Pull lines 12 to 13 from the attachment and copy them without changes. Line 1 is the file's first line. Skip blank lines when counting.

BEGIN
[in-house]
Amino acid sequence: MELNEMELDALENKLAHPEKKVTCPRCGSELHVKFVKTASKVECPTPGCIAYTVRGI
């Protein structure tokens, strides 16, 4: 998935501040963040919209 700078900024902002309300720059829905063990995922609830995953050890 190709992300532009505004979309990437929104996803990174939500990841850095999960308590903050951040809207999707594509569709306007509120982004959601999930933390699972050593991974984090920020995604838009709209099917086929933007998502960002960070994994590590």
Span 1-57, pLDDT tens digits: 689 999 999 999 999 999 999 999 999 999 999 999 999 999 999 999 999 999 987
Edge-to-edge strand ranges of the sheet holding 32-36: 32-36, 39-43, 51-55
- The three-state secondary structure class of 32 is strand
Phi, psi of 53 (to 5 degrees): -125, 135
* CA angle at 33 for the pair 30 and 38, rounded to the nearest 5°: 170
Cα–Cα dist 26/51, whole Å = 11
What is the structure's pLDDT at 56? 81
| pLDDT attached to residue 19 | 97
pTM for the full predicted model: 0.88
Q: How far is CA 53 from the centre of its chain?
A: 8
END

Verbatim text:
pTM for the full predicted model: 0.88
Q: How far is CA 53 from the centre of its chain?